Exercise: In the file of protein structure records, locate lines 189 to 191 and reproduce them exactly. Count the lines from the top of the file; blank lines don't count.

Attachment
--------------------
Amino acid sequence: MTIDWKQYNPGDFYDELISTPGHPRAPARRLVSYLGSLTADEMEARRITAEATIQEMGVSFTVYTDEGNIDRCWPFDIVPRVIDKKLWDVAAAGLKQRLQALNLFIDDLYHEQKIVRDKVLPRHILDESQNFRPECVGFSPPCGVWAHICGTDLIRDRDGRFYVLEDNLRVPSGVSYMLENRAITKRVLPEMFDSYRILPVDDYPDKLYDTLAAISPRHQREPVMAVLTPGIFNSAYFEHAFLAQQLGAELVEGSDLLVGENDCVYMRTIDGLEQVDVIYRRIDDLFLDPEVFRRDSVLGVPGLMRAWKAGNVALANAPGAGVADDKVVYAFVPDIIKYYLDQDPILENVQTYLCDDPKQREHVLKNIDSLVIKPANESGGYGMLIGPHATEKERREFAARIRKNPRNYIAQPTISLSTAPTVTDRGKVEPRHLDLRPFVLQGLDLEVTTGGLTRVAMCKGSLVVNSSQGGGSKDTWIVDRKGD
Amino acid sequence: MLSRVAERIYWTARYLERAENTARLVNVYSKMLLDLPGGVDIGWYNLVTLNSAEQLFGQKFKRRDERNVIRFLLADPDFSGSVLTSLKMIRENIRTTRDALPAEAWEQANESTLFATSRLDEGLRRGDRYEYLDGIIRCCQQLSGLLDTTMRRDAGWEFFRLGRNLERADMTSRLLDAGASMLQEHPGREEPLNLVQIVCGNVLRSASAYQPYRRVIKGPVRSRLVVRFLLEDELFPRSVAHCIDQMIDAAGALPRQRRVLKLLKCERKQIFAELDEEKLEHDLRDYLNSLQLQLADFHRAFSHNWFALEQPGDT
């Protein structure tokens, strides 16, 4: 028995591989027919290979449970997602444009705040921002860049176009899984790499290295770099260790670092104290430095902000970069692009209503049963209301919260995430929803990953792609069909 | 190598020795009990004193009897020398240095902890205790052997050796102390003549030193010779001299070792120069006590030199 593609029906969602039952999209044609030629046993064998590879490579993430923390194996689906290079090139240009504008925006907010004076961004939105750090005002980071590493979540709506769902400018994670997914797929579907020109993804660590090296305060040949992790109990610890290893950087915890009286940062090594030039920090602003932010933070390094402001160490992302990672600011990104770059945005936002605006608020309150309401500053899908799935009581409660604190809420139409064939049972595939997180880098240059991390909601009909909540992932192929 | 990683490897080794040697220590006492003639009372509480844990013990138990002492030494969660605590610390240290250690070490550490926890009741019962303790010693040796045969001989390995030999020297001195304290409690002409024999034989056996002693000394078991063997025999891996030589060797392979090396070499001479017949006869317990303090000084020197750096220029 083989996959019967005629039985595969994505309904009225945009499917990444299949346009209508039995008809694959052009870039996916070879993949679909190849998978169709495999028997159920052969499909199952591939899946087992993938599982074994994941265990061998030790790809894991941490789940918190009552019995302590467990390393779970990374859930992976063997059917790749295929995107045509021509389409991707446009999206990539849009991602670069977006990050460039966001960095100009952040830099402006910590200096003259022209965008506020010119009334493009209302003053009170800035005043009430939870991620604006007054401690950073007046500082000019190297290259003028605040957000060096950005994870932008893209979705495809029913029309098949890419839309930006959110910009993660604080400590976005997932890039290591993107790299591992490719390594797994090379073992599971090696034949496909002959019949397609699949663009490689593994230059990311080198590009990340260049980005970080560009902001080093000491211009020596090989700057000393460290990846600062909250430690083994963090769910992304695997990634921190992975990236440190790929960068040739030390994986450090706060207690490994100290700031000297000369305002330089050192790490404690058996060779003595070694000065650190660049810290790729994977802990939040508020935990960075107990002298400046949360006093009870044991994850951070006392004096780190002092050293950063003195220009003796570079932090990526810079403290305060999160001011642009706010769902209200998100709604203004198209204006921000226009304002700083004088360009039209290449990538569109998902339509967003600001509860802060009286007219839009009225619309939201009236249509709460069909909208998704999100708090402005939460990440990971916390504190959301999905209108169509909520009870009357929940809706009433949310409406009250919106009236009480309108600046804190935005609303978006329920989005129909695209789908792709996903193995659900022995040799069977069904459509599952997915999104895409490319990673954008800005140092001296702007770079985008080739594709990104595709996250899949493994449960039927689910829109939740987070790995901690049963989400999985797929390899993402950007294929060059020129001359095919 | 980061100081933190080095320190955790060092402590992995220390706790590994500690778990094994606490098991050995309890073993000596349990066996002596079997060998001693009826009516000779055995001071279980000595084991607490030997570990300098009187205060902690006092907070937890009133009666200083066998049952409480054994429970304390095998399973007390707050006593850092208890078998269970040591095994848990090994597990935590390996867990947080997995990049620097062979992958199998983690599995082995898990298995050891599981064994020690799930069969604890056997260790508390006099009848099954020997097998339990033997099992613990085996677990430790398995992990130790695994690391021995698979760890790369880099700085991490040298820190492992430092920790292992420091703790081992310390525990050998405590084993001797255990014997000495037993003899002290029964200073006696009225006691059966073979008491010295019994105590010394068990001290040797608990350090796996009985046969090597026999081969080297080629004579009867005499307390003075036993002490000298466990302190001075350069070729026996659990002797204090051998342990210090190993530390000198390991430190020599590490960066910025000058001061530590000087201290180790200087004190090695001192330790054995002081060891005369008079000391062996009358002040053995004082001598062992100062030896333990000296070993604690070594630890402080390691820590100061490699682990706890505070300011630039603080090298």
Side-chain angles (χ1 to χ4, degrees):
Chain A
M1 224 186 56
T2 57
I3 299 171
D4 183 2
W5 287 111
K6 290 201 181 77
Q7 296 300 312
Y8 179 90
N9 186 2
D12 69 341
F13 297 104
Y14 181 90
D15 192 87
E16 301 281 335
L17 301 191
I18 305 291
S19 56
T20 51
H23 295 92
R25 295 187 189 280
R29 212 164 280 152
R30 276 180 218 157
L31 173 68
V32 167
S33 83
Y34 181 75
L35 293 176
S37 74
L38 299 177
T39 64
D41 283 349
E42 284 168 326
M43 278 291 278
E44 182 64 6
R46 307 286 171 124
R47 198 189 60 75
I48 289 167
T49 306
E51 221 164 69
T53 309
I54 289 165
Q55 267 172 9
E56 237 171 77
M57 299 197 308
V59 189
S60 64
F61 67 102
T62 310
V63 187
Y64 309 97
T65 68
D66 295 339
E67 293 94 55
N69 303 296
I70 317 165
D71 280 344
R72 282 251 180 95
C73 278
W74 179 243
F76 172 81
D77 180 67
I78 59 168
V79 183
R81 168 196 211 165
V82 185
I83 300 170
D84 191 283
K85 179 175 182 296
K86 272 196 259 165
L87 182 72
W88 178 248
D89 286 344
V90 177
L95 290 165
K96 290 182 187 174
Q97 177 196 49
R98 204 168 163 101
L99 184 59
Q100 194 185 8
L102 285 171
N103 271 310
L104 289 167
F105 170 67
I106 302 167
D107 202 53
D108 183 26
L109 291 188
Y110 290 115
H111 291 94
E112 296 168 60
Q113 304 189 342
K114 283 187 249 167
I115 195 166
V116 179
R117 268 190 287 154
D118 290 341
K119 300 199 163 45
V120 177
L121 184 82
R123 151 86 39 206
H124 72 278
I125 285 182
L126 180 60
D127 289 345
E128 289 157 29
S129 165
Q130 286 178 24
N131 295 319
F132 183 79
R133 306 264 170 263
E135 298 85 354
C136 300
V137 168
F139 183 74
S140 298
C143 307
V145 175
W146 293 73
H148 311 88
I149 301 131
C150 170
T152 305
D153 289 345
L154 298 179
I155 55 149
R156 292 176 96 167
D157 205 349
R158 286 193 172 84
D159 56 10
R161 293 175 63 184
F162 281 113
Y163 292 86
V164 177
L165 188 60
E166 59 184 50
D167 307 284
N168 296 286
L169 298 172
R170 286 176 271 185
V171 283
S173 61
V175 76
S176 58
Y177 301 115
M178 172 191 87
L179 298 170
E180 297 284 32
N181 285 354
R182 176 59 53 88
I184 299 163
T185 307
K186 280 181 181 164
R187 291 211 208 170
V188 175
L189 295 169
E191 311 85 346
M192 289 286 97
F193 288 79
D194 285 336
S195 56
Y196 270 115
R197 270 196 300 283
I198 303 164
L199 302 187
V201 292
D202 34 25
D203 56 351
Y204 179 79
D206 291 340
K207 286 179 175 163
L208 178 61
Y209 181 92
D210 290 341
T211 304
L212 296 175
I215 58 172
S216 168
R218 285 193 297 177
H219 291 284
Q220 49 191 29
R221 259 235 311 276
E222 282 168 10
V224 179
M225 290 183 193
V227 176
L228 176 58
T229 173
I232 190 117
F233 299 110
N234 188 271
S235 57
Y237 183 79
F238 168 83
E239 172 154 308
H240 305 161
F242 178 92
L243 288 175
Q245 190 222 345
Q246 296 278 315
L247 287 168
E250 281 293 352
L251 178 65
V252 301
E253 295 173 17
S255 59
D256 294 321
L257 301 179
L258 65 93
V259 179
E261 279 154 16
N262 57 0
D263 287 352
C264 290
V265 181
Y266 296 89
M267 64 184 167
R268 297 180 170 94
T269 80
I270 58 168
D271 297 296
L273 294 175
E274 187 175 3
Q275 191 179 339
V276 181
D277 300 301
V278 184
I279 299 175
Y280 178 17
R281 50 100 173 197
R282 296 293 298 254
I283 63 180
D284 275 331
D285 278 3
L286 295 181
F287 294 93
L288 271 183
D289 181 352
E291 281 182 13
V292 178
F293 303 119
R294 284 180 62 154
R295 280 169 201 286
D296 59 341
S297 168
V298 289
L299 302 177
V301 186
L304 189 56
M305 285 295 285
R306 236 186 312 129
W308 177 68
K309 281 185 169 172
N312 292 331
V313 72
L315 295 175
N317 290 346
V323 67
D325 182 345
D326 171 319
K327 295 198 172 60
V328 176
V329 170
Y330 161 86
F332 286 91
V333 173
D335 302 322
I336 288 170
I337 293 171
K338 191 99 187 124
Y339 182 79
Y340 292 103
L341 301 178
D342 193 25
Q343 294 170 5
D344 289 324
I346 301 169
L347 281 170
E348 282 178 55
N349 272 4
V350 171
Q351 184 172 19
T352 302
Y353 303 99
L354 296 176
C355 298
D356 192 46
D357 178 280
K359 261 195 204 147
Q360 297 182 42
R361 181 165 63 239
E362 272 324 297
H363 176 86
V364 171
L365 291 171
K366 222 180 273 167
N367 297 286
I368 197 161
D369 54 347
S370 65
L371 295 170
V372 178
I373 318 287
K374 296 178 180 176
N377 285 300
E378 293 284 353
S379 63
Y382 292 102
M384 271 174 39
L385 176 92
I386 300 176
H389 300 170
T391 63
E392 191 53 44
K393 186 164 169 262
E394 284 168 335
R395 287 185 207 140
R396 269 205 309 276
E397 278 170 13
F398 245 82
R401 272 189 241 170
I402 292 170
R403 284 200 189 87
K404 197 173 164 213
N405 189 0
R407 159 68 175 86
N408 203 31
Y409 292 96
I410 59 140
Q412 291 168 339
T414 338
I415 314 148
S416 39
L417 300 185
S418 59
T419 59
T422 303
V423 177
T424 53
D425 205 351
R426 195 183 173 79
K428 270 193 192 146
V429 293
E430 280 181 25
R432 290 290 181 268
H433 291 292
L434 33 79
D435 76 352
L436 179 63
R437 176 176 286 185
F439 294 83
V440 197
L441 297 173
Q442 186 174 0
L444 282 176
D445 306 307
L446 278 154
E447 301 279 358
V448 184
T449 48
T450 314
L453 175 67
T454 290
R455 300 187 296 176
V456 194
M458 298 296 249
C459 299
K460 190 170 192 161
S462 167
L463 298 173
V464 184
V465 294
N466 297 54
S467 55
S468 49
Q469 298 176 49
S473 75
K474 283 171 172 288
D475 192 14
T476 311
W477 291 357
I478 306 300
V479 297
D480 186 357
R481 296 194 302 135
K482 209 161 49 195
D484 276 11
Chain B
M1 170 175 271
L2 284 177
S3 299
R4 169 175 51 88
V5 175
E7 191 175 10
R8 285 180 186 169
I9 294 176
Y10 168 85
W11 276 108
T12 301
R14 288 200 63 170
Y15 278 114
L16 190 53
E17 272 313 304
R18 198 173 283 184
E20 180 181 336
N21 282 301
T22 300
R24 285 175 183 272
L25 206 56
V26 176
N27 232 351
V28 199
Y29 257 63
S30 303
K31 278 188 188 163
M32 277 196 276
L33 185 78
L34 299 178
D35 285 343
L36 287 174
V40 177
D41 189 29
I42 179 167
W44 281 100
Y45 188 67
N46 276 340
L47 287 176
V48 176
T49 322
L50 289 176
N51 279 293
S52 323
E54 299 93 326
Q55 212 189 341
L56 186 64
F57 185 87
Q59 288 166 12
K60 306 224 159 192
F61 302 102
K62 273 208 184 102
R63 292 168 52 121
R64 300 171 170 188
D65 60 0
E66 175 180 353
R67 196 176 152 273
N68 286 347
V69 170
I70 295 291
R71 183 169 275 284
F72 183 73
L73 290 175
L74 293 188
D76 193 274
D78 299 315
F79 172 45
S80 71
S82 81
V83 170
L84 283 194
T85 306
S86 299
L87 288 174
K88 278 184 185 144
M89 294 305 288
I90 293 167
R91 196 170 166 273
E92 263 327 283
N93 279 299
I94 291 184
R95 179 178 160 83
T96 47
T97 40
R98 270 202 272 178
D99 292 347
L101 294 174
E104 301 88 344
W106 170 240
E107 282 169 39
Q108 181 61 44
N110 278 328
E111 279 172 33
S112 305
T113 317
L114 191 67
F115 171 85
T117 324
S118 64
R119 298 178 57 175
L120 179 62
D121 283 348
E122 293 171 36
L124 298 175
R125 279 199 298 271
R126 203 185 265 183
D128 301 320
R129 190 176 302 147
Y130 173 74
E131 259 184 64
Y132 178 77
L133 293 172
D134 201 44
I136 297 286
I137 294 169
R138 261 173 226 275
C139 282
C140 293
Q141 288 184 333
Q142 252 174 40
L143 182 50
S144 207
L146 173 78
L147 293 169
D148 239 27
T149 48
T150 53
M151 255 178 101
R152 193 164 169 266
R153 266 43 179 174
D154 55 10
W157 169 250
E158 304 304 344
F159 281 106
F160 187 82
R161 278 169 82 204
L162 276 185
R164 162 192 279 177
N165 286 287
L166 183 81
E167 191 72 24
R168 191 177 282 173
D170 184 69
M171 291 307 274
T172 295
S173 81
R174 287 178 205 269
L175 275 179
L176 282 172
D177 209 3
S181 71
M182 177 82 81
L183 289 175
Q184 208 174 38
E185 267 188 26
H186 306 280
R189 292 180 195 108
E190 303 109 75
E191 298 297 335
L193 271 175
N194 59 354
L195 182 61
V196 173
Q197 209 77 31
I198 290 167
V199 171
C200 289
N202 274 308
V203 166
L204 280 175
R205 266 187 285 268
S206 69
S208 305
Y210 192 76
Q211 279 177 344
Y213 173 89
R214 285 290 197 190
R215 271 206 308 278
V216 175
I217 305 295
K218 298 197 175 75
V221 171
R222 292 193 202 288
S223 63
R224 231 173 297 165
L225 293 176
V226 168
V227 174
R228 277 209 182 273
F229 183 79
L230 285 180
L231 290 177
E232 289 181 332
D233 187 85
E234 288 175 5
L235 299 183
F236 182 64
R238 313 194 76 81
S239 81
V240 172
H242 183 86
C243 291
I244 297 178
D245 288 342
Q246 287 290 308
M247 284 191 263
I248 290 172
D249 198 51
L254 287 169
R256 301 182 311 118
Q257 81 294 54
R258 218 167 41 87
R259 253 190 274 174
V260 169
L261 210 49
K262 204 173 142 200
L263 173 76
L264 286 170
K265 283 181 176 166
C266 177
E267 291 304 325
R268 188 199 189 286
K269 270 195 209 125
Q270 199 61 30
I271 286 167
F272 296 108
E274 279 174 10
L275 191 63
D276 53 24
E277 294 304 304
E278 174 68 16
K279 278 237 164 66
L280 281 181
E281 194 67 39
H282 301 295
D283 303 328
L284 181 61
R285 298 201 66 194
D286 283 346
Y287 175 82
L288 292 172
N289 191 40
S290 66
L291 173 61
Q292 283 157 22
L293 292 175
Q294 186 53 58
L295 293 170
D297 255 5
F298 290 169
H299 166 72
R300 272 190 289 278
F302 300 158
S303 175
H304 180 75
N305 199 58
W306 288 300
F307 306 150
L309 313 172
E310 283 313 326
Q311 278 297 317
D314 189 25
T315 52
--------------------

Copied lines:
M225 290 183 193
V227 176
L228 176 58